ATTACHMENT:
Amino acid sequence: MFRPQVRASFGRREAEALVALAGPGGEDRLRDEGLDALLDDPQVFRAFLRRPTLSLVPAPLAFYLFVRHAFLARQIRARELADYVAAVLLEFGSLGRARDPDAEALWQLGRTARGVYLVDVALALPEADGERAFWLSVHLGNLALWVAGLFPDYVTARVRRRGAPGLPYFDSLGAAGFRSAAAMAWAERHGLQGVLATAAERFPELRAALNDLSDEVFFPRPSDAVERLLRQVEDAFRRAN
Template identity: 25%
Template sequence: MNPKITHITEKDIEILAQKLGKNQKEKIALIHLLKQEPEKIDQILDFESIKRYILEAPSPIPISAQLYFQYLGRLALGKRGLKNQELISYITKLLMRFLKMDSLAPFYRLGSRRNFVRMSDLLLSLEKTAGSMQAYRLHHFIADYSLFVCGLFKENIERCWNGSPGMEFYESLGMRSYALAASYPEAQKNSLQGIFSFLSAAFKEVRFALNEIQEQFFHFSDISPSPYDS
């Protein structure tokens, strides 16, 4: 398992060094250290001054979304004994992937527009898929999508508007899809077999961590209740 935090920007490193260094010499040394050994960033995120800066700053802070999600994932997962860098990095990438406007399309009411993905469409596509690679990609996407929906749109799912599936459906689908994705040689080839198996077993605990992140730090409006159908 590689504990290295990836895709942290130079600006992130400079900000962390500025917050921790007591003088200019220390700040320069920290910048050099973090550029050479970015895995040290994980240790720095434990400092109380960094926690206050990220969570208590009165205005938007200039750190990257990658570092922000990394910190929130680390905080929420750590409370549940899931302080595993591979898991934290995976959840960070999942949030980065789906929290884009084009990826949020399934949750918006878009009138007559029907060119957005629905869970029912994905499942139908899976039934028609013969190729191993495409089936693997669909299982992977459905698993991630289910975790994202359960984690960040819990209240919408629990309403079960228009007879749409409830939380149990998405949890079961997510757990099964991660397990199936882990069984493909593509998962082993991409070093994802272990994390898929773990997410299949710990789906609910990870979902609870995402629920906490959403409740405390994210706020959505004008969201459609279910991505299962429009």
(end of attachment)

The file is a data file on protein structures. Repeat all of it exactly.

Amino acid sequence: MFRPQVRASFGRREAEALVALAGPGGEDRLRDEGLDALLDDPQVFRAFLRRPTLSLVPAPLAFYLFVRHAFLARQIRARELADYVAAVLLEFGSLGRARDPDAEALWQLGRTARGVYLVDVALALPEADGERAFWLSVHLGNLALWVAGLFPDYVTARVRRRGAPGLPYFDSLGAAGFRSAAAMAWAERHGLQGVLATAAERFPELRAALNDLSDEVFFPRPSDAVERLLRQVEDAFRRAN
Template identity: 25%
Template sequence: MNPKITHITEKDIEILAQKLGKNQKEKIALIHLLKQEPEKIDQILDFESIKRYILEAPSPIPISAQLYFQYLGRLALGKRGLKNQELISYITKLLMRFLKMDSLAPFYRLGSRRNFVRMSDLLLSLEKTAGSMQAYRLHHFIADYSLFVCGLFKENIERCWNGSPGMEFYESLGMRSYALAASYPEAQKNSLQGIFSFLSAAFKEVRFALNEIQEQFFHFSDISPSPYDS
């Protein structure tokens, strides 16, 4: 398992060094250290001054979304004994992937527009898929999508508007899809077999961590209740 935090920007490193260094010499040394050994960033995120800066700053802070999600994932997962860098990095990438406007399309009411993905469409596509690679990609996407929906749109799912599936459906689908994705040689080839198996077993605990992140730090409006159908 590689504990290295990836895709942290130079600006992130400079900000962390500025917050921790007591003088200019220390700040320069920290910048050099973090550029050479970015895995040290994980240790720095434990400092109380960094926690206050990220969570208590009165205005938007200039750190990257990658570092922000990394910190929130680390905080929420750590409370549940899931302080595993591979898991934290995976959840960070999942949030980065789906929290884009084009990826949020399934949750918006878009009138007559029907060119957005629905869970029912994905499942139908899976039934028609013969190729191993495409089936693997669909299982992977459905698993991630289910975790994202359960984690960040819990209240919408629990309403079960228009007879749409409830939380149990998405949890079961997510757990099964991660397990199936882990069984493909593509998962082993991409070093994802272990994390898929773990997410299949710990789906609910990870979902609870995402629920906490959403409740405390994210706020959505004008969201459609279910991505299962429009």